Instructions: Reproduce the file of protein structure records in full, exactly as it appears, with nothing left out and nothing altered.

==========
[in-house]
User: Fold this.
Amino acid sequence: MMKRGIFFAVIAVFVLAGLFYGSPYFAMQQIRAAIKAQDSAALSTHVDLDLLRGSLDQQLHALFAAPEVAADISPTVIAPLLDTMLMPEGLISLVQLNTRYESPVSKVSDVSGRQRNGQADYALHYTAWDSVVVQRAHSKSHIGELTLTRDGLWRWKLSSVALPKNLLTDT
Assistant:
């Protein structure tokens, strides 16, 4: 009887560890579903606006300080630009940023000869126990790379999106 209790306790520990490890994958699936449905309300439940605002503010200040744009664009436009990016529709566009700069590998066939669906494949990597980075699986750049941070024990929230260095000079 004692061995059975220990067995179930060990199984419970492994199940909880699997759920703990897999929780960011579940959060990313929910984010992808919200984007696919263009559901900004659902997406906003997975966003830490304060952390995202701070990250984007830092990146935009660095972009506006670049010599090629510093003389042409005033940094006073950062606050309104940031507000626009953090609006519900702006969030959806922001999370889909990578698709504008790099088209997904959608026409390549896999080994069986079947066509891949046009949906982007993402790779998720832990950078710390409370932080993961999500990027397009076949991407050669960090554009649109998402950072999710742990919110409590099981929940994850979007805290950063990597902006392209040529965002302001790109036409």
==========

[in-house]
User: Fold this.
Amino acid sequence: MMKRGIFFAVIAVFVLAGLFYGSPYFAMQQIRAAIKAQDSAALSTHVDLDLLRGSLDQQLHALFAAPEVAADISPTVIAPLLDTMLMPEGLISLVQLNTRYESPVSKVSDVSGRQRNGQADYALHYTAWDSVVVQRAHSKSHIGELTLTRDGLWRWKLSSVALPKNLLTDT
Assistant:
């Protein structure tokens, strides 16, 4: 009887560890579903606006300080630009940023000869126990790379999106 209790306790520990490890994958699936449905309300439940605002503010200040744009664009436009990016529709566009700069590998066939669906494949990597980075699986750049941070024990929230260095000079 004692061995059975220990067995179930060990199984419970492994199940909880699997759920703990897999929780960011579940959060990313929910984010992808919200984007696919263009559901900004659902997406906003997975966003830490304060952390995202701070990250984007830092990146935009660095972009506006670049010599090629510093003389042409005033940094006073950062606050309104940031507000626009953090609006519900702006969030959806922001999370889909990578698709504008790099088209997904959608026409390549896999080994069986079947066509891949046009949906982007993402790779998720832990950078710390409370932080993961999500990027397009076949991407050669960090554009649109998402950072999710742990919110409590099981929940994850979007805290950063990597902006392209040529965002302001790109036409």